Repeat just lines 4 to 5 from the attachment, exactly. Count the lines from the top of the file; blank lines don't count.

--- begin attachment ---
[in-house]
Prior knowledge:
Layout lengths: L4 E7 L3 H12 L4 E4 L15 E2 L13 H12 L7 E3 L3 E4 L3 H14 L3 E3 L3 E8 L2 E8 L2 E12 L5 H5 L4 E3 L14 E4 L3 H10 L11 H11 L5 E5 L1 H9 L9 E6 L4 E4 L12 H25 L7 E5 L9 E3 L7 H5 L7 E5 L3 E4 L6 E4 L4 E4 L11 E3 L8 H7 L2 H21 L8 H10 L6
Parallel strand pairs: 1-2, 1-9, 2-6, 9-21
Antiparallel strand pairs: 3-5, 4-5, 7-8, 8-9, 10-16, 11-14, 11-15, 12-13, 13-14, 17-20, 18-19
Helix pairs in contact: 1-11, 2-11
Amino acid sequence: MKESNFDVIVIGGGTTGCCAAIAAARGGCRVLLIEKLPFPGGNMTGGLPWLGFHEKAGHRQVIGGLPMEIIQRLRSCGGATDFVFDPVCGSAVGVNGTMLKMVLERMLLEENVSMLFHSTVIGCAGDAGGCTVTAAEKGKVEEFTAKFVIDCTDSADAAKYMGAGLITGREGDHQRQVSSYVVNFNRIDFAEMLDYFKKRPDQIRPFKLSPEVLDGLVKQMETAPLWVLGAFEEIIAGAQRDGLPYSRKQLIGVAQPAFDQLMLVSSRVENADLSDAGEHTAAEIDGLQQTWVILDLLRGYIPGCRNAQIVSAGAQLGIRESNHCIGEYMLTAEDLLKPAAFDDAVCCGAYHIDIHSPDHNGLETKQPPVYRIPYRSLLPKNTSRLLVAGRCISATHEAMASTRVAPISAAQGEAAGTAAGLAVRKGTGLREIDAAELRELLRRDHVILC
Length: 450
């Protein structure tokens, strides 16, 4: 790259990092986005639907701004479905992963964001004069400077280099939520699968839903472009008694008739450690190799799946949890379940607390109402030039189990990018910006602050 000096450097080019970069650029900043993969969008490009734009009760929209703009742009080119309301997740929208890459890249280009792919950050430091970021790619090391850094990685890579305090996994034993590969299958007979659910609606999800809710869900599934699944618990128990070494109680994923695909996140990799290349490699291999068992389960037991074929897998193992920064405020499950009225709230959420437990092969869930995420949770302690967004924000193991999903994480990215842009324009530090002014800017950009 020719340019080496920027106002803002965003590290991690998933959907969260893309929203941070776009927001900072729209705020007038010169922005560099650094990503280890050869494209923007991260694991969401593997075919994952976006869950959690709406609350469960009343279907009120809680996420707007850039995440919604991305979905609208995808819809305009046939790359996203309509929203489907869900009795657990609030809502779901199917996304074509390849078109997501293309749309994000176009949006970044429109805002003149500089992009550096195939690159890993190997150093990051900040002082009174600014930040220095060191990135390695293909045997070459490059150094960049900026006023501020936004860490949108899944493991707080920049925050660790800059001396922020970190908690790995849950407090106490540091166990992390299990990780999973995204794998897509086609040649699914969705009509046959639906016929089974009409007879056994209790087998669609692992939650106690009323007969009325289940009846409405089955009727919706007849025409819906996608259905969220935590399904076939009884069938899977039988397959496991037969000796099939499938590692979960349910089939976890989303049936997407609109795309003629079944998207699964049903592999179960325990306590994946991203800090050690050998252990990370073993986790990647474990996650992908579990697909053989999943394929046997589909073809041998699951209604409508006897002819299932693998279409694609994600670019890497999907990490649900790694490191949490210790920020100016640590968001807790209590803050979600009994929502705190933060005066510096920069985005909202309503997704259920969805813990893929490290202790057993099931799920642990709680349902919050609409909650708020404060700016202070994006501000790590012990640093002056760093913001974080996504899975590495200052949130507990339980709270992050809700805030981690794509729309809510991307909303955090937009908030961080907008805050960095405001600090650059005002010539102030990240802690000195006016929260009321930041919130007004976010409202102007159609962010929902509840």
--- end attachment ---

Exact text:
Parallel strand pairs: 1-2, 1-9, 2-6, 9-21
Antiparallel strand pairs: 3-5, 4-5, 7-8, 8-9, 10-16, 11-14, 11-15, 12-13, 13-14, 17-20, 18-19